2013 Dallas International Film Festival–Tuesday

With the film festival in full throttle, the movies start to mix together.  When one sees three films in a day, the details of one tend to seep into another.  That is why film critics take note on each and every film.  There is nothing like spending the entire day watching films at the Angelika. 

Rushlights is the first film of the day, a movie which is part of the Texas Competition.  The movie is slated with the note ‘based on true events’.  I am always a bit skeptical when I see that disclaimer.  So many films over the year have used that moniker just to lend an air of believability.

The story starts in California with Sarah (Haley Webb) meeting Billy (Josh Henderson).  She is a bit of a broken young woman who has had a problem with addiction.  Billy rescues Sarah from a drug/crime scene, accidentally taking the wrong bag in their haste.  They discover that the drug overdosed girl has a giant estate in Texas she recently inherited from a distant uncle.  Billy decides that they should go to this small West Texas town, pretending that Sarah is the dead girl. 

Once they get into town, the two meet both the local sheriff (Beau Bridges) and the local lawyer (Aiden Quinn).  The two are brothers and on different sides of the world in terms of believing that Sarah is the right woman.  With a seven figure sum waiting in probate, others see ways to get part of the money.  The film proves the old Biblical adage that the love of money is the root of all evil.

This is a fascinating film in the vein of a Blood Simple, the brilliant Coen Brothers debut.  The look is nothing like a low-budget feature but a giant production with sure camera moves and a dusty, gritty reality.  The cast of professional actors make the film feel much more like a major motion picture than a standard independent feature.  Writer director Antoni Stutz has combined the classic noir with Texas pride in a film that deserves a major release.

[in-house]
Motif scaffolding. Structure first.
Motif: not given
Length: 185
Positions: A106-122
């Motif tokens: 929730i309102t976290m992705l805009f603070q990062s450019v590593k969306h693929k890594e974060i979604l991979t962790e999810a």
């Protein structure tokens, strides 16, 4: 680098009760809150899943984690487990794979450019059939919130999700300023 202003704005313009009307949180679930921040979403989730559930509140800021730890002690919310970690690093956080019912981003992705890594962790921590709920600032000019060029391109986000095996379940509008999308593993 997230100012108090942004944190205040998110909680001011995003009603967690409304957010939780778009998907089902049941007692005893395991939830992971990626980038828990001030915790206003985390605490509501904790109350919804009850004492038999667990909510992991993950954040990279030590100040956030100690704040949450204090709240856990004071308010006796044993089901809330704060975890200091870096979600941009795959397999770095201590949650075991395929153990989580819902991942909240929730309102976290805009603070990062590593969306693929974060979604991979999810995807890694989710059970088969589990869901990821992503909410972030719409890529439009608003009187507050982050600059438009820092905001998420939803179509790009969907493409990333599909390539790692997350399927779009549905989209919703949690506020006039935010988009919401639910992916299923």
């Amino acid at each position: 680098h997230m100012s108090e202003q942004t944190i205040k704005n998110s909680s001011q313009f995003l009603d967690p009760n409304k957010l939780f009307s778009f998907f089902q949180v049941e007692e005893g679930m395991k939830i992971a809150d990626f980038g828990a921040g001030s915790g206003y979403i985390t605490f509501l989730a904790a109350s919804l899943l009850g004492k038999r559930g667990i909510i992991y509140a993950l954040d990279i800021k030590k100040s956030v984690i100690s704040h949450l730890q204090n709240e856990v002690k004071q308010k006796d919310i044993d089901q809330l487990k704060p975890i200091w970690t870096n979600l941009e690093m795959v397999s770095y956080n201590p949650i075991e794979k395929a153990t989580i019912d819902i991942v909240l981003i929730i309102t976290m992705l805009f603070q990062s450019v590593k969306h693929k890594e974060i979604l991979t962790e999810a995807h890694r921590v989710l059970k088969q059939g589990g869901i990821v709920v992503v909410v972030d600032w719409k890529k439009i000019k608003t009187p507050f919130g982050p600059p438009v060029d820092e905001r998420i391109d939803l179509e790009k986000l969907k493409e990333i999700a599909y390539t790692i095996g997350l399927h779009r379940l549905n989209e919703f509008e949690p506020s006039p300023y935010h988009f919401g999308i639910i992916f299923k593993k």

There are other films opening this week and one has to see films that are not part of the DIFF.  Disconnect was shown at the Angelika but not a part of the festival.  There will be a separate review of the film at the end of the week. 

Diving Normal had its world premiere late at night at the Angelika.  The director, the makers and all the major cast members were in attendance.  They had friends and family who had flown great distances just to make the screening.

The film is a romantic triangle.  Dana (Susie Abromeit) is a former actress/model who works at a doctor’s office. She also has a substance abuse problem.  Dana went to high school with Fulton (Phillippe Karner).  He is a successful graphic novelist who is having a major book published.  Fulton lives next door to Gordon (Scotty Crowe).   Gordon is a slightly mentally challenged individual who works at the library.  The story is how Fulton and Dana begin dating.  Fulton falls for Dana and Gordon falls for Dana.  The story is of how messy love can become with damaged people.

After the screening, the director and the actors took the stage to talk about their film.  The two male actors Scotty Crowe and Phillippe Karner said they have been performing the play Diving Normal for about five years and were also producers on the cinematic production.  According to director Kristjan Thor, the film took only 18 days to complete.  He said that at such a fast pace, there was little time for re-shoots and multiple takes.  Part of the film takes place at a public pool.  According to Phillippe, they shot all the scenes in one night.

The film is a bit slow but shows how the tender seed of love is nourished and flowers into something unexpected and special.     

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